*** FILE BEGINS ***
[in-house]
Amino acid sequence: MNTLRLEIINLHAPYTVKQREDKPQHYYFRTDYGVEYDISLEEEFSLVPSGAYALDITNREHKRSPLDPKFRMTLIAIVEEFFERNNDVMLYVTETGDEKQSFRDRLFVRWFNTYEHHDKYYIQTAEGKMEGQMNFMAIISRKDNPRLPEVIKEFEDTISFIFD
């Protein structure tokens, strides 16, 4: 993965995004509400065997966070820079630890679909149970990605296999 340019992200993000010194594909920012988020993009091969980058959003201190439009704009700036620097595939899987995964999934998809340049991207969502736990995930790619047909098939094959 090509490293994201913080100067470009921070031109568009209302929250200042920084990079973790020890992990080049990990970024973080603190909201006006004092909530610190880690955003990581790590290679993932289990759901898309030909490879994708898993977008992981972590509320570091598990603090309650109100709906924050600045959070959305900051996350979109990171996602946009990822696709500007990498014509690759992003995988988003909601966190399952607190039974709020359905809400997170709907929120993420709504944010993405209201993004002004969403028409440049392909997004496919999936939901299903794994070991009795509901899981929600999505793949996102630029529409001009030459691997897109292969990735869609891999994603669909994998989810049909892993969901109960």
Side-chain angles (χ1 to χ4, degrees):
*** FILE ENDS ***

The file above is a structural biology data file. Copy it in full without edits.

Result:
[in-house]
Amino acid sequence: MNTLRLEIINLHAPYTVKQREDKPQHYYFRTDYGVEYDISLEEEFSLVPSGAYALDITNREHKRSPLDPKFRMTLIAIVEEFFERNNDVMLYVTETGDEKQSFRDRLFVRWFNTYEHHDKYYIQTAEGKMEGQMNFMAIISRKDNPRLPEVIKEFEDTISFIFD
């Protein structure tokens, strides 16, 4: 993965995004509400065997966070820079630890679909149970990605296999 340019992200993000010194594909920012988020993009091969980058959003201190439009704009700036620097595939899987995964999934998809340049991207969502736990995930790619047909098939094959 090509490293994201913080100067470009921070031109568009209302929250200042920084990079973790020890992990080049990990970024973080603190909201006006004092909530610190880690955003990581790590290679993932289990759901898309030909490879994708898993977008992981972590509320570091598990603090309650109100709906924050600045959070959305900051996350979109990171996602946009990822696709500007990498014509690759992003995988988003909601966190399952607190039974709020359905809400997170709907929120993420709504944010993405209201993004002004969403028409440049392909997004496919999936939901299903794994070991009795509901899981929600999505793949996102630029529409001009030459691997897109292969990735869609891999994603669909994998989810049909892993969901109960």
Side-chain angles (χ1 to χ4, degrees):